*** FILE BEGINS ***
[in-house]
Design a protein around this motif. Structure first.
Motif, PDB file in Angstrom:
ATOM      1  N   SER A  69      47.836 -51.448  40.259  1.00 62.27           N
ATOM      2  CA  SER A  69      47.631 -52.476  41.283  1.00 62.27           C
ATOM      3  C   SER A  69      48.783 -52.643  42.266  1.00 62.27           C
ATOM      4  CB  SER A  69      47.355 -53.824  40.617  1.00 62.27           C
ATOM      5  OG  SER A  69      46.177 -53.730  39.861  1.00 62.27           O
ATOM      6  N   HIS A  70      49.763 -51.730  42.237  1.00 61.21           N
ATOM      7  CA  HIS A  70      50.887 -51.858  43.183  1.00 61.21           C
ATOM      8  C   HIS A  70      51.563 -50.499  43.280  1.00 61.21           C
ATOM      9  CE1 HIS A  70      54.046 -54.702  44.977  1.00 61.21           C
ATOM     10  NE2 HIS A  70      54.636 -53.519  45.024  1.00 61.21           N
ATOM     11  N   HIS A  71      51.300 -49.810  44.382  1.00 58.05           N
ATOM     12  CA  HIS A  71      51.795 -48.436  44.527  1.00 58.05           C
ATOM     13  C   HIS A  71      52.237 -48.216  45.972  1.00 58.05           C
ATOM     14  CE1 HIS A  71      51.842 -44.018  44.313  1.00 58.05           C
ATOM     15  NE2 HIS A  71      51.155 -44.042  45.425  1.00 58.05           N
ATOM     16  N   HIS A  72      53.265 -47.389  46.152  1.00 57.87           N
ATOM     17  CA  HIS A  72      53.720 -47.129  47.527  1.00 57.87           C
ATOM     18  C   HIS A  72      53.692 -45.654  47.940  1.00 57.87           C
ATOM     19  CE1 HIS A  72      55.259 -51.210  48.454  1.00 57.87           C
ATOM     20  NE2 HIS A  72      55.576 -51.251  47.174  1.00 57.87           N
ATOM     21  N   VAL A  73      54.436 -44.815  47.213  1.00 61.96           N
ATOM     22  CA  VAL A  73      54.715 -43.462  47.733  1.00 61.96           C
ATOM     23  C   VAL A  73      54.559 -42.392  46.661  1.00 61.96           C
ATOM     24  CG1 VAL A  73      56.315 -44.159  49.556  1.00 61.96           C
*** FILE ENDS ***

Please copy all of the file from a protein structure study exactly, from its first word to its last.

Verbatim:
[in-house]
Design a protein around this motif. Structure first.
Motif, PDB file in Angstrom:
ATOM      1  N   SER A  69      47.836 -51.448  40.259  1.00 62.27           N
ATOM      2  CA  SER A  69      47.631 -52.476  41.283  1.00 62.27           C
ATOM      3  C   SER A  69      48.783 -52.643  42.266  1.00 62.27           C
ATOM      4  CB  SER A  69      47.355 -53.824  40.617  1.00 62.27           C
ATOM      5  OG  SER A  69      46.177 -53.730  39.861  1.00 62.27           O
ATOM      6  N   HIS A  70      49.763 -51.730  42.237  1.00 61.21           N
ATOM      7  CA  HIS A  70      50.887 -51.858  43.183  1.00 61.21           C
ATOM      8  C   HIS A  70      51.563 -50.499  43.280  1.00 61.21           C
ATOM      9  CE1 HIS A  70      54.046 -54.702  44.977  1.00 61.21           C
ATOM     10  NE2 HIS A  70      54.636 -53.519  45.024  1.00 61.21           N
ATOM     11  N   HIS A  71      51.300 -49.810  44.382  1.00 58.05           N
ATOM     12  CA  HIS A  71      51.795 -48.436  44.527  1.00 58.05           C
ATOM     13  C   HIS A  71      52.237 -48.216  45.972  1.00 58.05           C
ATOM     14  CE1 HIS A  71      51.842 -44.018  44.313  1.00 58.05           C
ATOM     15  NE2 HIS A  71      51.155 -44.042  45.425  1.00 58.05           N
ATOM     16  N   HIS A  72      53.265 -47.389  46.152  1.00 57.87           N
ATOM     17  CA  HIS A  72      53.720 -47.129  47.527  1.00 57.87           C
ATOM     18  C   HIS A  72      53.692 -45.654  47.940  1.00 57.87           C
ATOM     19  CE1 HIS A  72      55.259 -51.210  48.454  1.00 57.87           C
ATOM     20  NE2 HIS A  72      55.576 -51.251  47.174  1.00 57.87           N
ATOM     21  N   VAL A  73      54.436 -44.815  47.213  1.00 61.96           N
ATOM     22  CA  VAL A  73      54.715 -43.462  47.733  1.00 61.96           C
ATOM     23  C   VAL A  73      54.559 -42.392  46.661  1.00 61.96           C
ATOM     24  CG1 VAL A  73      56.315 -44.159  49.556  1.00 61.96           C